• Cover your sneezes and coughs with your sleeve, not your hand.
  • Wash your hands frequently to reduce the spread of germs. Wash with soap and water for at least 20 seconds. If soap and water are not available, you can use an alcohol-based hand sanitizer with at least 60% alcohol.
  • If you feel sick, stay home and avoid travel.
  • Avoid close contact with people with flu-like symptoms whenever possible.
  • Avoid large gatherings if you are at higher risk, including these groups:
      • Older adults
      • Anyone with underlying health conditions, such as heart disease, lung disease or diabetes
      • Anyone with weakened immune systems
      • Anyone who is pregnant

For the most up-to-date information, please refer to the CDC website.

The first step is to contact your PCP and let them know about your concerns. Your PCP will be able to advise you on what steps you should take next based on your symptoms/situation.

A vaccine is a substance that can help protect you against specific diseases. Vaccines cause your immune system to make antibodies, which fight viruses and bacteria. If you get exposed to a disease you’ve been vaccinated against, the antibodies will fight the disease-causing bacteria or viruses before they make you sick. For more information on vaccines, visit the Centers for Disease Control

The first COVID-19 vaccines that will be available are mRNA vaccines. They work by telling our bodies to make a protein that then produces antibodies. These antibodies help protect you from the virus that causes COVID-19.

The vaccine will be given as a shot in the upper arm. Moderna and Pfizer vaccines will require two doses.

For the Pfizer vaccine, the second shot will be three weeks after the first. For the Moderna vaccine, it will be four weeks after the first shot.

It’s important that you get both shots. If you don’t, you won’t be as well protected from COVID-19 as you could be.

  • Not everyone will get the vaccine at once.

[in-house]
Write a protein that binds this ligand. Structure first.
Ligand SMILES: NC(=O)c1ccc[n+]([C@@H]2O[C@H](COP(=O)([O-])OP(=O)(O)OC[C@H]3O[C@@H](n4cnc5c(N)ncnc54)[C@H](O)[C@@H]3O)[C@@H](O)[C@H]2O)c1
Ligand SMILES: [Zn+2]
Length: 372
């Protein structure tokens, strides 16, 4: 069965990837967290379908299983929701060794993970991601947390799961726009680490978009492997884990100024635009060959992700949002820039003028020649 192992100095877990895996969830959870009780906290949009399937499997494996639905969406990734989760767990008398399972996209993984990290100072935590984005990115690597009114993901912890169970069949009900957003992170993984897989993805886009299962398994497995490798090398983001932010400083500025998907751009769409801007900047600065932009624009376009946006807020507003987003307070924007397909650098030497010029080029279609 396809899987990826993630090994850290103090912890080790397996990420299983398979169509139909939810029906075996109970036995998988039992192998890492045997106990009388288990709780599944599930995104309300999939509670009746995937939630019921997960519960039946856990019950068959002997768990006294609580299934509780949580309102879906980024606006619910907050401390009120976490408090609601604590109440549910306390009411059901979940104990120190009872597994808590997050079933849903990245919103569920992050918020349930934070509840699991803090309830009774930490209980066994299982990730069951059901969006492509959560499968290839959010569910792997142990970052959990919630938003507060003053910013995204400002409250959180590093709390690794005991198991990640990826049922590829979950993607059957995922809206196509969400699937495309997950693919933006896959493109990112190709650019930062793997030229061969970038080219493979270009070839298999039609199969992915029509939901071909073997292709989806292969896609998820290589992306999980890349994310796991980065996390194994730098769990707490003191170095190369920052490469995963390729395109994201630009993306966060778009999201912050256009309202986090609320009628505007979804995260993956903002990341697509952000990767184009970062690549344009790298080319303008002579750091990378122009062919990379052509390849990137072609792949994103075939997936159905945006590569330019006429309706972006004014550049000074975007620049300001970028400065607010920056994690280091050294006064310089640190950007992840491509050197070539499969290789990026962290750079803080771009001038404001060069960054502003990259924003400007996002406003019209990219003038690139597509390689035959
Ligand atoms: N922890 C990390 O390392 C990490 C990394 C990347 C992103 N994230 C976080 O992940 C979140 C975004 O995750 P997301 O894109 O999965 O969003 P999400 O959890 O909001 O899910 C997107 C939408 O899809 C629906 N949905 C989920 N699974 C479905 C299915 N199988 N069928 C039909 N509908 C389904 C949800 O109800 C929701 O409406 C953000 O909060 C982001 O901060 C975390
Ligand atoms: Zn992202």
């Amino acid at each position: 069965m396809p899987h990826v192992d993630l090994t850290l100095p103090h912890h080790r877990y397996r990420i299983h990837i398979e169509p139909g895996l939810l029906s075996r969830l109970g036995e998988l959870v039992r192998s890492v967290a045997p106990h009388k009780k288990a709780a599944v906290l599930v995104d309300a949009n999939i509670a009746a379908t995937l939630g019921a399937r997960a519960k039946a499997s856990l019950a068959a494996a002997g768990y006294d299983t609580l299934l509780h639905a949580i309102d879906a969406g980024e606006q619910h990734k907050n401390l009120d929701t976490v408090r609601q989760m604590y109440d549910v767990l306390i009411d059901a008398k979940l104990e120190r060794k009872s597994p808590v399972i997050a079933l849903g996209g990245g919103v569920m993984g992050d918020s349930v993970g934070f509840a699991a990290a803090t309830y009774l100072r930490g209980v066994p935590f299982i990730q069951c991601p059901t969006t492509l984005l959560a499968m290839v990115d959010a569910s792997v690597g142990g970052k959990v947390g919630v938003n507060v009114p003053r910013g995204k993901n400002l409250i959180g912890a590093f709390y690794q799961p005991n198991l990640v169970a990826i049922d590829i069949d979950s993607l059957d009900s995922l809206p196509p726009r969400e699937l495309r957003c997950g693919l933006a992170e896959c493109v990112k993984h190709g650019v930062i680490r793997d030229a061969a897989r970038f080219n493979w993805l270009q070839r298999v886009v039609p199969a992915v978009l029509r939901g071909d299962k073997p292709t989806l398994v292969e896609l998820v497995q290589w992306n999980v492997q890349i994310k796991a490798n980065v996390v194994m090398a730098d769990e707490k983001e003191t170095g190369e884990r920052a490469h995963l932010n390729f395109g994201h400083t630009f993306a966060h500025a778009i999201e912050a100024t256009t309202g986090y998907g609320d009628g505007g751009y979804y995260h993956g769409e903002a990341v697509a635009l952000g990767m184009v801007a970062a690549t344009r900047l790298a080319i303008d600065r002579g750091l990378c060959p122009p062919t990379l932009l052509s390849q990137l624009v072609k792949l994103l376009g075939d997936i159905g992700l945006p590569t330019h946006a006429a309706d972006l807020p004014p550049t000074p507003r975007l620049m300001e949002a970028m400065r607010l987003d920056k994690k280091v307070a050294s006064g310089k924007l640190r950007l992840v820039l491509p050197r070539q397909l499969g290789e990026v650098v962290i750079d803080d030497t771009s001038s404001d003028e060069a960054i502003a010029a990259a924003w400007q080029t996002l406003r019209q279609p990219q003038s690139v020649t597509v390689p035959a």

• Following public health guidelines will help protect anyone who hasn’t gotten the vaccine yet.
  • Although it’s not likely, it’s still possible to get COVID-19 after getting the vaccine, as no vaccine is 100% effective.

COVID-19 vaccines are very effective (about 95%) in preventing COVID-19. While they help prevent COVID-19 generally, they are particularly good at preventing severe cases of the disease.

It’s important that you get both shots if you started with the Moderna or Pfizer vaccines. If you don’t, you won’t be as well protected from COVID-19 as you could be.

However, it’s important to keep wearing a mask and distancing because:

  • Not everyone will get the vaccine at once. Following public health guidelines will help protect anyone who hasn’t gotten the vaccine yet.
  • Although it’s not likely, it’s still possible to get COVID-19 after getting the vaccine, as no vaccine is 100% effective.
  • Because COVID-19 vaccines are so new, we don’t know yet how long the vaccine will protect you from getting COVID-19.

Because COVID-19 vaccines are so new, we don’t know how long protection will last just yet. The studies that are going on now will help to answer that question. You may have to get vaccinated again in the future.

Yes. COVID-19 vaccines have gone through the same trials as other approved vaccines. The COVID-19 vaccines have met the high safety standards these trials set.

The clinical trial process for COVID-19 vaccines was much quicker than for other vaccines, but it was done just as carefully. More than 70,000 people took the different COVID-19 vaccines as part of clinical trials. In addition, the clinical trials included 10 percent Black and 13 percent Hispanic/Latinx participants, which means vaccine safety was tested within a diverse group. There were no major safety concerns in any of the trials.

Vaccines have been approved under emergency authorization because of how serious the pandemic is. But the safety standards for emergency authorization are close to the same as the ones vaccines have to meet for regular authorization.

Expert groups will also keep looking at the COVID-19 vaccine’s safety after people start to take it.

Some people in the clinical trials did report side effects. However, these have generally been mild, and are a sign the immune system is working. Reported side effects include headaches, fatigue, chills, and soreness at the injection site. A small number of participants had a fever.